Some creative communion stewards chose to make their own unfermented sacramental wine. One recipe called for adding a pound of hand-squashed raisin pulp—dried grapes—to a quart of boiling water. Later in the process, the “winemaker” was to add an egg white. Doesn’t that sound delicious?
Archive for category Protestant Worship
Laurence Hull Stookey (1937-2016)
A recent survey of Protestant pastors found that 61% felt it was important to incorporate patriotic elements into July 4th worship, even though 53% suspect that their congregations love America more than God.
An argument for liturgy from someone in a non-liturgical Christian setting can help raise thoughtful questions for liturgists in liturgical churches too.
The Lutheran World Federation (LWF) and the Pontifical Council for Promoting Christian Unity (PCPCU) have invited Lutheran churches and Catholic bishops’ conferences across the world to make use of a jointly-developed Common Prayer to prepare commemorations for the 500 years of the Reformation in 2017.
I made this puzzle on a whim to stump my son (so far, it’s working). Use the clues to solve this logic puzzle. No cheating by using information you just happen to know! (There is a downloadable version you can open with a word processor and edit at the bottom.)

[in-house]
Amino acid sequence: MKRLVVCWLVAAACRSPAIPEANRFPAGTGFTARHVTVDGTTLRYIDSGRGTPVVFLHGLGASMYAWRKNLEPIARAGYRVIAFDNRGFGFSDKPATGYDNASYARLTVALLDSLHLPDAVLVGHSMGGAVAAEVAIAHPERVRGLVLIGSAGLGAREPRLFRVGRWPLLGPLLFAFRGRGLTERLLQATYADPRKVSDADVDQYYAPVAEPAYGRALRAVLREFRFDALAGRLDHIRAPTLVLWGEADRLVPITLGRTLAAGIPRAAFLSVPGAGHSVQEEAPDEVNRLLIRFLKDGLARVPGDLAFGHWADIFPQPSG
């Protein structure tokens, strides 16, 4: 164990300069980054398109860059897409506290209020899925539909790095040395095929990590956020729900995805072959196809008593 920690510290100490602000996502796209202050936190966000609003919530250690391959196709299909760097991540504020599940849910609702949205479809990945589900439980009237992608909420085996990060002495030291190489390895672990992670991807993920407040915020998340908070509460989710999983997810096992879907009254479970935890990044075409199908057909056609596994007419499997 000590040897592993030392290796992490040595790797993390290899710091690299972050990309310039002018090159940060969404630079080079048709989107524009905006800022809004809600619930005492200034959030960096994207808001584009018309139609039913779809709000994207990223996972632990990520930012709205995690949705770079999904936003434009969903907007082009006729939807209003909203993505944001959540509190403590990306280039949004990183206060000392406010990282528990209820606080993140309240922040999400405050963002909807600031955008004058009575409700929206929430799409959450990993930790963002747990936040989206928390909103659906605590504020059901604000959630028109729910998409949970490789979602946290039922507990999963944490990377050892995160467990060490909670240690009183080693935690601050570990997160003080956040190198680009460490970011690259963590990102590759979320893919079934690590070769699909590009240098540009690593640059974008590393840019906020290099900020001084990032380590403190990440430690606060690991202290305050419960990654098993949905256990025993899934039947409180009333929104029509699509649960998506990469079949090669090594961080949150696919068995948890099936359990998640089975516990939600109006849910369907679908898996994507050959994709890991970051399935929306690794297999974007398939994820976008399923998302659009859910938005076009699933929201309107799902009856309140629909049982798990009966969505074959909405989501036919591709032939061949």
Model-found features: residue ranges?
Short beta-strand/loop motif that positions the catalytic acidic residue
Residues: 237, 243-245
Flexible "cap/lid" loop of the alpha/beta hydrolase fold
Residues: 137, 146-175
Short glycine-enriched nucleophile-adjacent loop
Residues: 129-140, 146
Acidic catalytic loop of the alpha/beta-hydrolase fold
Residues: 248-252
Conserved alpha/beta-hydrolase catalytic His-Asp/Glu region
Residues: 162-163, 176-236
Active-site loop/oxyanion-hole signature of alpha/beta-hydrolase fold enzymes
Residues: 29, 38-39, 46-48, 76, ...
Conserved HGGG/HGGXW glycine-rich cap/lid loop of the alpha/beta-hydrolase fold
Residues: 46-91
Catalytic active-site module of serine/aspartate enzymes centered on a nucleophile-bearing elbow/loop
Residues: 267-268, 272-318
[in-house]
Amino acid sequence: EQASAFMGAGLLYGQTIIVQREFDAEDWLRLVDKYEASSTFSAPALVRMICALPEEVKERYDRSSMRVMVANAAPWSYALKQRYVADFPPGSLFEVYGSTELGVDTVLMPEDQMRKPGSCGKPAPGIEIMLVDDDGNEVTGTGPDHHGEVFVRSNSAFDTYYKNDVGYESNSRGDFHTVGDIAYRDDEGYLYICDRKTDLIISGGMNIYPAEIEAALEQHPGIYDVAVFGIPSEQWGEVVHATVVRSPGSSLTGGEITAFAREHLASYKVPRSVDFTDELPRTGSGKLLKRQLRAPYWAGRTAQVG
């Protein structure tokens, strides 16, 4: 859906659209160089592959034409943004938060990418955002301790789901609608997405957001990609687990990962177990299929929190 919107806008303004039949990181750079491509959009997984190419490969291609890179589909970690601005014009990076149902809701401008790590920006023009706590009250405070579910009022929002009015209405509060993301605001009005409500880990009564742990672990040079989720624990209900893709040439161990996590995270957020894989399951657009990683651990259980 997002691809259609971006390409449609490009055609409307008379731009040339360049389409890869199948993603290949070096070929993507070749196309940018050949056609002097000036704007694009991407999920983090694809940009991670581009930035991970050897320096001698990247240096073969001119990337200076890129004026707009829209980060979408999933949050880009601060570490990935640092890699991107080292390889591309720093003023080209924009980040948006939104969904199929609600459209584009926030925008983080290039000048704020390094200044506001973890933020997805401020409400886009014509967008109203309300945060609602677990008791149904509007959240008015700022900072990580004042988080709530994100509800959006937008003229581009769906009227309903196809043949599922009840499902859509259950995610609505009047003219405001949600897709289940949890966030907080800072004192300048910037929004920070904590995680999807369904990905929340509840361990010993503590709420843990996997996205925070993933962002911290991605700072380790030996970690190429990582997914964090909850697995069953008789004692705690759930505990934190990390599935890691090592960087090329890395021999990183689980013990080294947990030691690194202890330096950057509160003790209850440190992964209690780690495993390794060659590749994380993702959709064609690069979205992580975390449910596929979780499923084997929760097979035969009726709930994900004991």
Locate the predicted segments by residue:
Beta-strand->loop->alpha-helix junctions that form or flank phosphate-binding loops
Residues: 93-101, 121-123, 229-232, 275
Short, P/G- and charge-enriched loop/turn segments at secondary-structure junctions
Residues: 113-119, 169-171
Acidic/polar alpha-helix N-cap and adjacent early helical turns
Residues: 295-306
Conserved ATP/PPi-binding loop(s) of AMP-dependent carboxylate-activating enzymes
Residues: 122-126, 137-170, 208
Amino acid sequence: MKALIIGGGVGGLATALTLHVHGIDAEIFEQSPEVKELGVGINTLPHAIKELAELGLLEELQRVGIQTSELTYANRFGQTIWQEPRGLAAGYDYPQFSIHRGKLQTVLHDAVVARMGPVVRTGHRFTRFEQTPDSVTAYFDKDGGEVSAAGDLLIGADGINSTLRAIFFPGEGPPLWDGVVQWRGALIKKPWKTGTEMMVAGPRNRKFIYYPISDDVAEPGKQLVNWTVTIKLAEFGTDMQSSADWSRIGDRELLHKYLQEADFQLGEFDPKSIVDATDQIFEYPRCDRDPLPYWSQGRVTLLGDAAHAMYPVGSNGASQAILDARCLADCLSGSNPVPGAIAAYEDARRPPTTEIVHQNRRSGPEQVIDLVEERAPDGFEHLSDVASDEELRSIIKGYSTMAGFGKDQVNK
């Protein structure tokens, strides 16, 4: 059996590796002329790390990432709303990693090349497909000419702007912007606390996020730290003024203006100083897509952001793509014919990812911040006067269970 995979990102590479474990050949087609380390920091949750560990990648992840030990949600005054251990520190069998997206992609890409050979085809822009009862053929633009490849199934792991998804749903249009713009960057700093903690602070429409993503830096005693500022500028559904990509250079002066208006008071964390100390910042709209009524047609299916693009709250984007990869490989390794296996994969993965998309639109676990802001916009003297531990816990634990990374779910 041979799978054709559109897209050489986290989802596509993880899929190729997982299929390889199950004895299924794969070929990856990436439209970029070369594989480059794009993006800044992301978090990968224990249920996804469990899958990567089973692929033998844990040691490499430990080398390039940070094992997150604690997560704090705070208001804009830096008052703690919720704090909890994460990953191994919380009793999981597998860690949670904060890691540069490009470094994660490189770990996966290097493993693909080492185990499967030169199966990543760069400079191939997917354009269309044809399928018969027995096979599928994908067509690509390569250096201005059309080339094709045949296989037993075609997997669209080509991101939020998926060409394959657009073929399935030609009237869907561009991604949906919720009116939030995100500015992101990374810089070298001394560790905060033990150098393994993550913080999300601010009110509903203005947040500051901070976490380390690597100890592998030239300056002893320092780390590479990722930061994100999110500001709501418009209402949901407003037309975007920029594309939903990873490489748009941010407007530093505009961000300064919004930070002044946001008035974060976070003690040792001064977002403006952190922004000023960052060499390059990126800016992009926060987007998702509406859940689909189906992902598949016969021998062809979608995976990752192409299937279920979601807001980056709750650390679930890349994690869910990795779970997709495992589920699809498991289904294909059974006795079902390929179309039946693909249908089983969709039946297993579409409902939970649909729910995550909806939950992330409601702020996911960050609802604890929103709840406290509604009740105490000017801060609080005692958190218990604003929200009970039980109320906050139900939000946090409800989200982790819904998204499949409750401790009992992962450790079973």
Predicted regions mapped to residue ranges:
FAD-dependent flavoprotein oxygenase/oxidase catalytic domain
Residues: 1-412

There are five churches right in a row from East to West on a little street in Maintown, USA…
The Fall issue of The Yale ISM Review asks us to reflect on how we invite people to the waters of baptism, how we conserve the natural gift of water, and how we celebrate the seasons of creation in the church’s worship.
Up to 200,000 Germans are believed to have filed official declarations last year renouncing their membership of the Protestant church, the highest number in almost two decades. A similar number are thought to have left the Catholic Church.
A Catholic megachurch would have the resources for liturgical and musical excellence. It could have perpetual adoration, confessions daily, and be open twenty-four hours a day seven days a week for operating such things as crisis ministry. It could run a small medical clinic for the poor.
A scholar in liturgy who is also a professor of renaissance English and a convert from Anglicanism to Orthodoxy says that use of the 1662 Book of Common Prayer material by English-speaking Antiochian Orthodox communities is harmful in many ways — in essence, it imports heresy into the liturgy. Much of his critique is relevant to the Ordinariate use of Prayer Book language and texts.